Policy Briefings: These papers should use research to support an original argument that comments on aspects of international policy. They can take the form of policy recommendations, critiques, or analysis. All policy briefings must use evidence to demonstrate the merits or faults of a particular action or piece of legislation undertaken by an organization or government. While policy briefings analyze the effects of certain policies, they must contain a normative claim. This claim is what differentiates a policy briefing from a research discourse.
Research Discourses: These papers should use evidence obtained through a literature review or original fieldwork to support an argument that explains a puzzle. These puzzles often take the form of “why” or “how” questions: why a particular historical event occurred, or how a confluence of variables (social, cultural, economic, political, environmental, etc.) affects specific parties or events. In a research discourse, authors must engage with current scholarly dialogue on their chosen topic, and expand on this scholarship. These papers can draw on and combine analyses from various fields of study, including economics, political science, anthropology, etc. Though research discourses may contain policy analysis, the purpose of these papers is to provide an explanation for something, and should not make normative policy recommendations.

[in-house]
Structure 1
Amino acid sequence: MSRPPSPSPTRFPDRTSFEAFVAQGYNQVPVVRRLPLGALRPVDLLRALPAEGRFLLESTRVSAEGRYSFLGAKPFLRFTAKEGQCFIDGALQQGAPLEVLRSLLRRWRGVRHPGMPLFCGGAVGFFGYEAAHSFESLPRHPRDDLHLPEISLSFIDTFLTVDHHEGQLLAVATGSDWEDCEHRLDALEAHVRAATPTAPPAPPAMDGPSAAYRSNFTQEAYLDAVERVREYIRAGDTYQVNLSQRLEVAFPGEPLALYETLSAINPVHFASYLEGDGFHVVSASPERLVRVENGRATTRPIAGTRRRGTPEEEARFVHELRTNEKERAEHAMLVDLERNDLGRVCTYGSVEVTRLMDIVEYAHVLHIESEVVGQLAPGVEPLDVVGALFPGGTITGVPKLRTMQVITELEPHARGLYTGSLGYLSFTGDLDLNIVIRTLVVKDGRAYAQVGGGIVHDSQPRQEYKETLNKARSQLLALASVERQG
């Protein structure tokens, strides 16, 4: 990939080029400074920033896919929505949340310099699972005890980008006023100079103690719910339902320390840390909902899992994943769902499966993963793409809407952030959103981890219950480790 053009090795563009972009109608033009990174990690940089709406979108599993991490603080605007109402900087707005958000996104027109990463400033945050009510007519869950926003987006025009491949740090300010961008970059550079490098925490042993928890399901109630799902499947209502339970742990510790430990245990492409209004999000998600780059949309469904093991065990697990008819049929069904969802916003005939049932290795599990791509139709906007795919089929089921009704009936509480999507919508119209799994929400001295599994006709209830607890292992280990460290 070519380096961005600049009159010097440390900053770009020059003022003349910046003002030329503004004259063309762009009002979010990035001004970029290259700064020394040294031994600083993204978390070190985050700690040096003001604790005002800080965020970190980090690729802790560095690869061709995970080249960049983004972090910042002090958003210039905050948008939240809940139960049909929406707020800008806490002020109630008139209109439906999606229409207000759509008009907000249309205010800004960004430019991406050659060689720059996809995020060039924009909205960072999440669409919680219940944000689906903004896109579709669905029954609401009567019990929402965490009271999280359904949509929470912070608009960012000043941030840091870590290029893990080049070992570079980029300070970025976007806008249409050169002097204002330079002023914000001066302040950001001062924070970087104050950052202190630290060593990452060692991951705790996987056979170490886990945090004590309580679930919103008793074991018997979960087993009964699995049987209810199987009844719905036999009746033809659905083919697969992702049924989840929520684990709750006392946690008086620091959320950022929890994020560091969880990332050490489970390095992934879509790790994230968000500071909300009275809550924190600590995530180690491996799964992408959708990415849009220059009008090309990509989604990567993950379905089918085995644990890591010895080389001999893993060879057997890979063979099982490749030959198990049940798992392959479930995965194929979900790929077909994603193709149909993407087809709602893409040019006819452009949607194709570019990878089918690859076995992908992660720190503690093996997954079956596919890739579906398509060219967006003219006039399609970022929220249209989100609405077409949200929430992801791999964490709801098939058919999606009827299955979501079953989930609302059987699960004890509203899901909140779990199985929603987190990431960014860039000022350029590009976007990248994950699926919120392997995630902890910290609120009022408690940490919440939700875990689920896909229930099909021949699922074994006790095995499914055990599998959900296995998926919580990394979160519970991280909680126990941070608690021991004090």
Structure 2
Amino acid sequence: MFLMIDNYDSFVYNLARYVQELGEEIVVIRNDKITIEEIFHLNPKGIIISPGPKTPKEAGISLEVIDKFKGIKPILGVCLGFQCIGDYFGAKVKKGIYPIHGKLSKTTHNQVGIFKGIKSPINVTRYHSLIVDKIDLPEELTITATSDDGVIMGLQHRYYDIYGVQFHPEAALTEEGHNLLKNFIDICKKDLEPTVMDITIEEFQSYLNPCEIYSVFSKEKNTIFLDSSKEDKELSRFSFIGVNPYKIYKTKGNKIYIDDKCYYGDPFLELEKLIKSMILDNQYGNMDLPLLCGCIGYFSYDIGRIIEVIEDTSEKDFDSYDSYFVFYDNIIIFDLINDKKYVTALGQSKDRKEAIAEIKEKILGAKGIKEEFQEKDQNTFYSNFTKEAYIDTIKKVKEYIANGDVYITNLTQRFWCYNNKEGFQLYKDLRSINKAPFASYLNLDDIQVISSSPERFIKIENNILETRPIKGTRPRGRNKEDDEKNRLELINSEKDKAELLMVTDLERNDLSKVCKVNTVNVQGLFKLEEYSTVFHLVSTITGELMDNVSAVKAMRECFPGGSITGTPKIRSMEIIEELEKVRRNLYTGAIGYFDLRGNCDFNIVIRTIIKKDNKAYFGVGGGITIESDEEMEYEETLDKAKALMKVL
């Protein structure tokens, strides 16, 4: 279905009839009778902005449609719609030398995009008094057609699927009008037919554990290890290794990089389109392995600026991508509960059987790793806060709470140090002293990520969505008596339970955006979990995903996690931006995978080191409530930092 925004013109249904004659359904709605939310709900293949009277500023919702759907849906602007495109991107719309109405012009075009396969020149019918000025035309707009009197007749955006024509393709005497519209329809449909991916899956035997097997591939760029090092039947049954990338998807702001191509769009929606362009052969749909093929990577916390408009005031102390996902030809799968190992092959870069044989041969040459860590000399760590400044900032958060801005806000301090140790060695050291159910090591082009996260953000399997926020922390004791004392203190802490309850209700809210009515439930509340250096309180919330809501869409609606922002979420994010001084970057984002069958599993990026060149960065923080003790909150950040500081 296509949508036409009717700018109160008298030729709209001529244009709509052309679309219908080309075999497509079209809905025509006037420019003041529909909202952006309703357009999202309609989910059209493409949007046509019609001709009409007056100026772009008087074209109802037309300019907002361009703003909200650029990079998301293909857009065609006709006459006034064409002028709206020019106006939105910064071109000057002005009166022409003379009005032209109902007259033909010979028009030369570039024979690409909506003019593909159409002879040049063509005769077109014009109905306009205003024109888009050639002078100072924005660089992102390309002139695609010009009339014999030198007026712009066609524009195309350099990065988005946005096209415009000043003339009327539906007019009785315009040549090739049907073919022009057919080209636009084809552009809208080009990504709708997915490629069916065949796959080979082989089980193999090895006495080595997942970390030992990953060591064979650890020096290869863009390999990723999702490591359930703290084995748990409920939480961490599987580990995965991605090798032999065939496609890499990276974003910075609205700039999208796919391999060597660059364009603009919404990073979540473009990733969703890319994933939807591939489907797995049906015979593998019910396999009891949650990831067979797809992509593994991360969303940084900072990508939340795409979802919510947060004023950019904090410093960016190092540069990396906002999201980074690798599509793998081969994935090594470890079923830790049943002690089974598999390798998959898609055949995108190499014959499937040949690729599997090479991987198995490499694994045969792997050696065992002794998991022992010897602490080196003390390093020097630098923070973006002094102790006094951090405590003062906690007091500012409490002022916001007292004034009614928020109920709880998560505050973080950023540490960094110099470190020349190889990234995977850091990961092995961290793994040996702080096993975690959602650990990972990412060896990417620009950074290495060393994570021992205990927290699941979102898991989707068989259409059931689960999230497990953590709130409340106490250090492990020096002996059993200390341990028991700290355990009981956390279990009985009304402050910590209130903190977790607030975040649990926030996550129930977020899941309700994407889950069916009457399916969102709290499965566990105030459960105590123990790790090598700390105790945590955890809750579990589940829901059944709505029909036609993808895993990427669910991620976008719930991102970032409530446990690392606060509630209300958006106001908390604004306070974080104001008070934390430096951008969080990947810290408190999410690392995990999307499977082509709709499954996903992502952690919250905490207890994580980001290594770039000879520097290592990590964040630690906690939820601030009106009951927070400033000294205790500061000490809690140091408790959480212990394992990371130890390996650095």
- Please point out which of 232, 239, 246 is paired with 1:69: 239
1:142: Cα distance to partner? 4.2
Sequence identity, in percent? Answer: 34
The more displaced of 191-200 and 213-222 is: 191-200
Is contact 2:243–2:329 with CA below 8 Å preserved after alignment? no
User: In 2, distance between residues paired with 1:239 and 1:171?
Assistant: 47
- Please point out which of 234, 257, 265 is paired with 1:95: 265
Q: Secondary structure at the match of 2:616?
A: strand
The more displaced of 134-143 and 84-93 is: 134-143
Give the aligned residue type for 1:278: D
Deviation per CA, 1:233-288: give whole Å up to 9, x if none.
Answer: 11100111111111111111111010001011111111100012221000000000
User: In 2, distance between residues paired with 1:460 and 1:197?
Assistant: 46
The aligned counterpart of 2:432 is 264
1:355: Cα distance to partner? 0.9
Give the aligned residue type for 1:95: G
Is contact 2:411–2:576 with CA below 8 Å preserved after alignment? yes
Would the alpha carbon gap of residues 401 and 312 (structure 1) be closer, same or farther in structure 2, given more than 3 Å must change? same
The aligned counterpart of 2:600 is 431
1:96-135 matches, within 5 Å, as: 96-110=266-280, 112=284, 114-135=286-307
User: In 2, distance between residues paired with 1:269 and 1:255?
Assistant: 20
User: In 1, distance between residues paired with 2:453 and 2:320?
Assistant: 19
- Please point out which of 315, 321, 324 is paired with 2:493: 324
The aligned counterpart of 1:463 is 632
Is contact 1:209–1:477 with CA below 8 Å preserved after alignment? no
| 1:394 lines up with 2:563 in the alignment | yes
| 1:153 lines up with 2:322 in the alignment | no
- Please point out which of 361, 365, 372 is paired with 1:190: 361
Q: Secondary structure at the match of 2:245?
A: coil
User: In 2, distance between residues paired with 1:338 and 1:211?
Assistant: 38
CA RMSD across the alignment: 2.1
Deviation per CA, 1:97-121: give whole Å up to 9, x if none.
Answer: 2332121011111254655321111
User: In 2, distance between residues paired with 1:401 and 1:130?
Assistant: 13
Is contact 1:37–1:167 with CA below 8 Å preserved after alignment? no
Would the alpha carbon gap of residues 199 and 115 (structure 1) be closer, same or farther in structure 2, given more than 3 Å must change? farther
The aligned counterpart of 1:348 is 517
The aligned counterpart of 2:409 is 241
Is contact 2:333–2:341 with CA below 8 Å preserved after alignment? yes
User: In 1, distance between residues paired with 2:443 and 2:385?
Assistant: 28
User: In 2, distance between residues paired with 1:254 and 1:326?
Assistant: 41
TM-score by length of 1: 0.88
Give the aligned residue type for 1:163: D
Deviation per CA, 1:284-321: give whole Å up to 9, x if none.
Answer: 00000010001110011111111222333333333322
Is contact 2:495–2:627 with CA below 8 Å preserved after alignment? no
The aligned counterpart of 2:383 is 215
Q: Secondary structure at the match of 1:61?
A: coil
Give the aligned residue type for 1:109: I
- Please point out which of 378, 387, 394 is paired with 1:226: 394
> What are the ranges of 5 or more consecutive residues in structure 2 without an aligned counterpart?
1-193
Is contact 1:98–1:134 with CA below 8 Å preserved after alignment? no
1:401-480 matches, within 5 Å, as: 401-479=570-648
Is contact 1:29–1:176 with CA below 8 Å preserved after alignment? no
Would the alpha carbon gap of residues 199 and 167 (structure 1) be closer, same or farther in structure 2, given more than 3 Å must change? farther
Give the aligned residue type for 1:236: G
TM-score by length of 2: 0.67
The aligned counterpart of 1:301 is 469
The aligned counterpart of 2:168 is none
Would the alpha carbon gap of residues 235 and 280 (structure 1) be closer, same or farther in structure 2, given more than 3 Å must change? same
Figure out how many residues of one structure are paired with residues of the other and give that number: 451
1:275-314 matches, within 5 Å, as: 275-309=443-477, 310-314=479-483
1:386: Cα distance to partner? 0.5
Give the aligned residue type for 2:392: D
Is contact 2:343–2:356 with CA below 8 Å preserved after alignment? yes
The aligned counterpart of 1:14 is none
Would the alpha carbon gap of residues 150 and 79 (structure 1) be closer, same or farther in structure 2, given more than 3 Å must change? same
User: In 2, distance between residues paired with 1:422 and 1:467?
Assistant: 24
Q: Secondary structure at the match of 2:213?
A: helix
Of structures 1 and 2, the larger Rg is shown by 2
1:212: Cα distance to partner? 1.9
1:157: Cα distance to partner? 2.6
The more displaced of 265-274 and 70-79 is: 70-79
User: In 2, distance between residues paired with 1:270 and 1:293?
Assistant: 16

Jackson School Focus: Work in this category must have been written for a Jackson School class, and exemplify the type and quality of work students produce for Jackson School classes. These papers must adhere to the assignment requirements for specific Jackson School classes, such as “Why Question” or Practical Moral Project papers from the SIS 200 series. These papers are generally of a shorter length than the policy briefings and research discourses, and the Journal will typically select only one to publish in each issue.
Book Review: Articles in this category should be a conclusive review of a recently published book or Journal article in the field of International Studies. Book Reviews should be shorter than the above types of submissions, and model themselves on the style and format of New York Review of Books or London Review of Books articles.